The rear is highlighted by an effective-looking ‘R’ design diffuser, tailgate spoiler, smoked LED lights and the hallmark ‘R’ quad exhaust tailpipes.


Volkswagen Golf R On The Road

Here’s the differentiator for the Volkswagen Golf R: over our high-speed mountain roads test loop in normal auto mode this thing was still astonishingly fast and responsive. Head to ‘Sport’ mode and be prepared for something really special.

Not that bumbling around the city and ‘burbs gives you any real indication of the fire within this turbocharged all-wheel-drive dynamo. In fact at low engine speeds the Golf R sounds almost diesel-like…but smash the right pedal to the firewall and it springs to life with neck-straining acceleration, brilliant exhaust noise/popping/banging and snappy gear-shifts like a DTM (German Touring Car Championship) racer.


There’s a launch control function within the six-speed DSG which extracts the most from the turbocharged 2.0-litre and all-paw grip but our favourite ‘party trick’ with mates was to nail the throttle from low speeds (like freeway merging) and notice their eyes pop – wow this thing has some acceleration!

Over the twisty stuff Volkswagen has the Golf R’s MacPherson strut front/multi-link rear nicely tied-down and of course you have the latest generation 4MOTION handling the traction. It’s European firm no doubt but in ‘Comfort’ mode not as rigid as some would expect (yes in ‘Race’ mode it is very firm – just as it should be).

So the limits are incredibly high with understeer if you dare stray that far. But it’s all ridiculously well balanced and responsive.

Around town the Volkswagen Golf R is as easy to live with as any other Golf. Tractable and refined and easy to park aided by the standard reversing camera (although care is needed with good-looking 19-inch alloys – much too nice to carelessly ‘curb’ when parking).


Volkswagen Golf R Issues

We’ve got no gripes at all with the Volkswagen Golf R. Well, we wouldn’t mind a larger sat-nav screen but we suspect that will appear sometime during the lifespan of this Golf 7 model.


Volkswagen Golf R Verdict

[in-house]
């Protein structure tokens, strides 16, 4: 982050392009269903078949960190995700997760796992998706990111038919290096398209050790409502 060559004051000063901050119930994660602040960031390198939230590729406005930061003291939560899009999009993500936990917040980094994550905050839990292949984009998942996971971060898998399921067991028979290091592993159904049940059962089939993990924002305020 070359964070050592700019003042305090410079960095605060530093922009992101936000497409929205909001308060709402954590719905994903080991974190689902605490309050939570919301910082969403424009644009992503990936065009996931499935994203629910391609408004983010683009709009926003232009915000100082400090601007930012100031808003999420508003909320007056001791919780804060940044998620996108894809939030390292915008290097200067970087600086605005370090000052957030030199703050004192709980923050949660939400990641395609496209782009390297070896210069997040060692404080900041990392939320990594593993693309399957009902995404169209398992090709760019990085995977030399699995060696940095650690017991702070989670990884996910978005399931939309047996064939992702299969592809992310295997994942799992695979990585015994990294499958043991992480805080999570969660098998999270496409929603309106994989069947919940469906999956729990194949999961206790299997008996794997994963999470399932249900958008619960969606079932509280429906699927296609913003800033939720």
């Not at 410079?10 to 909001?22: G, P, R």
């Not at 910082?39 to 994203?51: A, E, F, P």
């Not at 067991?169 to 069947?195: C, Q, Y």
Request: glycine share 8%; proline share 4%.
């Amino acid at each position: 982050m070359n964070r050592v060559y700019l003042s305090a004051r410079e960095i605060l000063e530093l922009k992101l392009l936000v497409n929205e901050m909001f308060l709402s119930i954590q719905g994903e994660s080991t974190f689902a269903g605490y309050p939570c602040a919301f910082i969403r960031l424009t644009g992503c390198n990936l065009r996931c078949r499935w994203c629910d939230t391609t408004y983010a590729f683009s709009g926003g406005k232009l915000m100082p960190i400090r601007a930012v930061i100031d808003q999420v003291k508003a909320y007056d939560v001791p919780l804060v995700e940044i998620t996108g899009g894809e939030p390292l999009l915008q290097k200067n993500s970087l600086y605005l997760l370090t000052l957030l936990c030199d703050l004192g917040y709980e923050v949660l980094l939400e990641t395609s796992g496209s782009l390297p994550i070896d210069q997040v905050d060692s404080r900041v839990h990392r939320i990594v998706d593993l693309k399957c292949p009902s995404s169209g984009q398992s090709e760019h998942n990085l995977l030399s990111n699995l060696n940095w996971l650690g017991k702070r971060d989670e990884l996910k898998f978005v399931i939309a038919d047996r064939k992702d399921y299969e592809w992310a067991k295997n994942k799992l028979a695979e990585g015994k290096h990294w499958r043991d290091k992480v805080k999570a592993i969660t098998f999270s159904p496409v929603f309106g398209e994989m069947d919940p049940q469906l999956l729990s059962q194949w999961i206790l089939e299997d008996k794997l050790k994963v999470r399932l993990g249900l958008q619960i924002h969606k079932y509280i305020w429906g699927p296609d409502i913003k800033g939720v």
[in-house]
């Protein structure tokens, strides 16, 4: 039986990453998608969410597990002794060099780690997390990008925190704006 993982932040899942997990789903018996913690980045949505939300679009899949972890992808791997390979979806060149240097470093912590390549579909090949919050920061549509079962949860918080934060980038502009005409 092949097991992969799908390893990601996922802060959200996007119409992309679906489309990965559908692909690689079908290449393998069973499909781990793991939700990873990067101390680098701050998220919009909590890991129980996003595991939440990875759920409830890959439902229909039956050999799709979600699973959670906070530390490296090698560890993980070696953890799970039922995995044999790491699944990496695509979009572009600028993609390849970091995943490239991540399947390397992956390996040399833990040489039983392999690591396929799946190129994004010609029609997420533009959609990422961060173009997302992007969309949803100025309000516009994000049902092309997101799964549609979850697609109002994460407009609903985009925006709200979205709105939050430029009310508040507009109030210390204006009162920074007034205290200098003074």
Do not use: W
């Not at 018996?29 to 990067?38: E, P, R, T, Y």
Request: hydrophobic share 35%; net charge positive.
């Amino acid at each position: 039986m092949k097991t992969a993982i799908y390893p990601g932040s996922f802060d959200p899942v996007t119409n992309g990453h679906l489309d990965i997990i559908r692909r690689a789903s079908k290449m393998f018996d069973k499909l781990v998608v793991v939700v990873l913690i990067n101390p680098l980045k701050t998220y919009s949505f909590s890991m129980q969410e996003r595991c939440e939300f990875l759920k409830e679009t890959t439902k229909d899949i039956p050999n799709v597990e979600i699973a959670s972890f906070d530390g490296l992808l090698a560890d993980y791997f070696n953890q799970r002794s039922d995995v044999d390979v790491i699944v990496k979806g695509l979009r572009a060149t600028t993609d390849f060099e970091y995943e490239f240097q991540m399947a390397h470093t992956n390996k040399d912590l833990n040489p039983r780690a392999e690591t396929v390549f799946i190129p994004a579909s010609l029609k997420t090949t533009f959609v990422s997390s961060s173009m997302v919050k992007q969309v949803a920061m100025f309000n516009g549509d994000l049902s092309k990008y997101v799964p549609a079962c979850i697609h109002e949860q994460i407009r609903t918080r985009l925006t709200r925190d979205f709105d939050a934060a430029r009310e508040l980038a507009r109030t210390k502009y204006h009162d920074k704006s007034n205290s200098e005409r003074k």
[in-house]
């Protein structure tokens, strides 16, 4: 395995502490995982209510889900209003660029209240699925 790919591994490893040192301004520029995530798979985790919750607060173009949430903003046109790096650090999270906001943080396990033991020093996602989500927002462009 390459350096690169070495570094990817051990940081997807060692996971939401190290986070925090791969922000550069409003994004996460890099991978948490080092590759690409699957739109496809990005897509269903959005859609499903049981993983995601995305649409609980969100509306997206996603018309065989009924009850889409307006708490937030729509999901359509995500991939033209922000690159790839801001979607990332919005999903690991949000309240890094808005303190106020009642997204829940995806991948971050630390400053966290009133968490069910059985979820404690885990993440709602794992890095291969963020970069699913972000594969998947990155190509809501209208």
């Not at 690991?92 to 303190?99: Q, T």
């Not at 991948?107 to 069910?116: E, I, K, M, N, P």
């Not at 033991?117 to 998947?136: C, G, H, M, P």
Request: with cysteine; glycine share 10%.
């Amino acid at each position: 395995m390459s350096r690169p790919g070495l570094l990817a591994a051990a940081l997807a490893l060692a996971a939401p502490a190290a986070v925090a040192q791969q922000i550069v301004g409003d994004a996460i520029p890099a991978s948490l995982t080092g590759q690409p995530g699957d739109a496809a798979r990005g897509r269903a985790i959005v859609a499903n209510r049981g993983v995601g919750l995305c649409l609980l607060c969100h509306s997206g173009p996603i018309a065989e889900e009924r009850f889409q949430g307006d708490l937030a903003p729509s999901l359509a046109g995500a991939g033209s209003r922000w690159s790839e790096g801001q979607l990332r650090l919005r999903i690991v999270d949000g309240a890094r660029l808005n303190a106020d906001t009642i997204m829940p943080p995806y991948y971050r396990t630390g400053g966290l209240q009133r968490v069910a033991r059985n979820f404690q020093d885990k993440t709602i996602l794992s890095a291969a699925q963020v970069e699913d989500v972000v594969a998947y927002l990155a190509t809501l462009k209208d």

Oh yes, yes, yes! The Golf R is the Volkswagen Golf to buy.

Nothing wrong with the entry-level Golf 90TSI for just $21,490, but man-o-man the Golf R is Wolfsburg at its best. All this performance, all this technology, all this style and it’s yours for just $51,990 (manual) or $54,490 DSG as tested.

Some have criticized the Golf R’s style, even suggesting it’s too plain (they want wings and things). But that misses the point entirely – the Volkswagen Golf R is a German high-performance hatchback and its subtlety (even with those polished 19-inch alloys) is part of the appeal.


Like its cousin the Audi S3 Quattro, this is a car which brings a smile to your face every time you open the door and hit the starter button. The sort of car which invites turning a three minute trip to the milk-bar into a 45 minute detour just to tackle your favourite twisty road one more time.

And it’s the sort of car you can brag about with your mates at the next barbeque: “Oh yes it’s turbocharged, all-wheel-drive, EDL, XDL, Race Mode with launch control, zero to 100km/h in 5.0 seconds and fuel consumption of 7.1l/100kms…and how is your rear-drive HSV or FPV?”

Sophisticated and fast, the Volkswagen Golf R is without doubt a new Car Showroom Favourite.


Volkswagen Golf R The Competition

A wise person once said: “Watch your friends as closely as you watch your enemies.” And that’s the story with Volkswagen Golf R’s closest rival – the Audi S3. A bit pricier at $59,990, the S3 shares many mechanicals with the Golf R…but done Audi-style. We love it.

Mitsubishi’s Lancer Evolution (from $56,990) isn’t a hatchback and certainly isn’t the newest design but it still packs an awesome punch with its 217kW/355Nm turbocharged 2.0-litre engine. Mitsubishi’s all-wheel-drive chassis is good but not in the same league as the Germans and the interior lets the rest of the Lancer EVO down in a direct comparison with the Golf R’s lower price.

Also not a hatchback but in the same league as the Volkswagen Golf R is of course the iconic Subaru WRX ($49,990 for the STi and $54,990 for the STi Premium). Just one-tenth fast zero to 100km/h (4.9 seconds) and featuring that marvelous 221kW/407Nm turbocharged 2.5-litre Boxer engine, the latest WRX STi is the best yet but doesn’t quite match the Golf R for interior style.